Money & Company

Tracking the market and economic trends
that shape your finances.

« Previous Post | Money & Company Home | Next Post »

Consumer Confidential: AA still flying, Volt loaners, cellphone parking

Getprev
Here's your try-a-little-tenderness Tuesday roundup of consumer news from around the Web:

-- American Airlines may be bankrupt, but passengers shouldn't notice much difference. The airline says it will continue to operate flights, honor tickets and take reservations. Delta, United, Continental and US Airways have all gone through Chapter 11 bankruptcy proceedings. Travelers continued to book tickets. Planes still took off and landed and frequent flier miles were still earned and redeemed. In fact, the bankruptcy process is usually more troublesome for the airline's shareholders, who tend to get wiped out. American says it may reduce its flight schedule "modestly" as it restructures. The only real risk to American's passengers is if the restructuring fails. In that case, the airline ultimately liquidates and ceases to fly. (Associated Press)

-- General Motors doesn't want people freaking out over reports of batteries bursting into flames in Chevy Volts. The carmaker is offering free loaner vehicles to Volt owners if they're concerned about reports of battery fires after crash tests. GM reiterated its belief that the Volt is a safe car but said it will contact all Volt owners to make the free loaner offer. The National Highway Traffic Safety Administration has opened a formal safety investigation into fire dangers of the Volt. This move came after the agency replicated an incident from last May in which a Volt battery caught fire three weeks after going through a safety crash test. (MoneyWatch)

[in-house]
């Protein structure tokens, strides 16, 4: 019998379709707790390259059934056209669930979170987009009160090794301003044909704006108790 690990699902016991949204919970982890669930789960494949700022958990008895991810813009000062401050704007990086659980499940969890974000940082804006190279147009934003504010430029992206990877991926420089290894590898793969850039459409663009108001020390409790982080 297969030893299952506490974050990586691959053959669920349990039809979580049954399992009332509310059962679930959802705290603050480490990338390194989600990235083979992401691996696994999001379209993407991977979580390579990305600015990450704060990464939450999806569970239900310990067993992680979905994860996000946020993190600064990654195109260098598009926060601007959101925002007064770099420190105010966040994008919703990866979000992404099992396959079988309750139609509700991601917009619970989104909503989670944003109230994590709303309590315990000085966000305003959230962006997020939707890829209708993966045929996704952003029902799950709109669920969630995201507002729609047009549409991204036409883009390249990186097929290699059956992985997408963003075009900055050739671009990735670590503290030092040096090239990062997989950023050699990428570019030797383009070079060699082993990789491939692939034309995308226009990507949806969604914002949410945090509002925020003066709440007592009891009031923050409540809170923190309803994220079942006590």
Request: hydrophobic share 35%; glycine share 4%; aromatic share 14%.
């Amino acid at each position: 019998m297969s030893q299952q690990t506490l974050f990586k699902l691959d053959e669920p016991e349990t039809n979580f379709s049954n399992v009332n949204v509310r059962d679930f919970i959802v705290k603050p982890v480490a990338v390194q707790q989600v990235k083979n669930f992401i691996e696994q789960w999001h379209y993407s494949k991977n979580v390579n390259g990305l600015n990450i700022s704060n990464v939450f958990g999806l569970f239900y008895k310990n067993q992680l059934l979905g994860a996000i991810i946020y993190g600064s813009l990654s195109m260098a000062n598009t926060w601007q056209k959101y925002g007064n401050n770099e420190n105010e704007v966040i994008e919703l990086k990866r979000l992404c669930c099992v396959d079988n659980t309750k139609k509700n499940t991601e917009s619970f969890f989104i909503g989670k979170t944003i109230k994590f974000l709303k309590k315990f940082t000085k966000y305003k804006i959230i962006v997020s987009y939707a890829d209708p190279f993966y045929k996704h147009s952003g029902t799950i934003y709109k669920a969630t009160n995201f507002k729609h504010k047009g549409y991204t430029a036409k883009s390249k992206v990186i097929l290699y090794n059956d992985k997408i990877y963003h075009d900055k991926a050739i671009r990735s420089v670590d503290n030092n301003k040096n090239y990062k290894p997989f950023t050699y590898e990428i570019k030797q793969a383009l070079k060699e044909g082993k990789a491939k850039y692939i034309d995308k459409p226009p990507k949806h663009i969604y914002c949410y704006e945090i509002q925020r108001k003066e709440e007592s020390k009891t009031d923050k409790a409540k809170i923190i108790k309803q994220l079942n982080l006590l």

-- Wouldn't it be nice if you could feed a parking meter remotely? San Francisco is giving just such a system a try -- via cellphones. The city will alert drivers with a text message when their parking meters are about to expire. Drivers will be given the option to put more money on the meter remotely using their phones, which will cost 45 cents for each transaction. The Municipal Transportation Agency will first test the service at curbside meters and two city-owned parking lots in the Castro district before deciding whether to offer them elsewhere. The fine for parking at an expired meter in the Castro is $55. In the city's downtown core, it is $65. (Associated Press)

-- David Lazarus

Photo: American Airlines may be bankrupt, but it's still flying. Credit: Irfan Khan / Los Angeles Times

 

 
Comments  ()

Connect

Recommended on Facebook


Advertisement

In Case You Missed It...

Video




Categories


Archives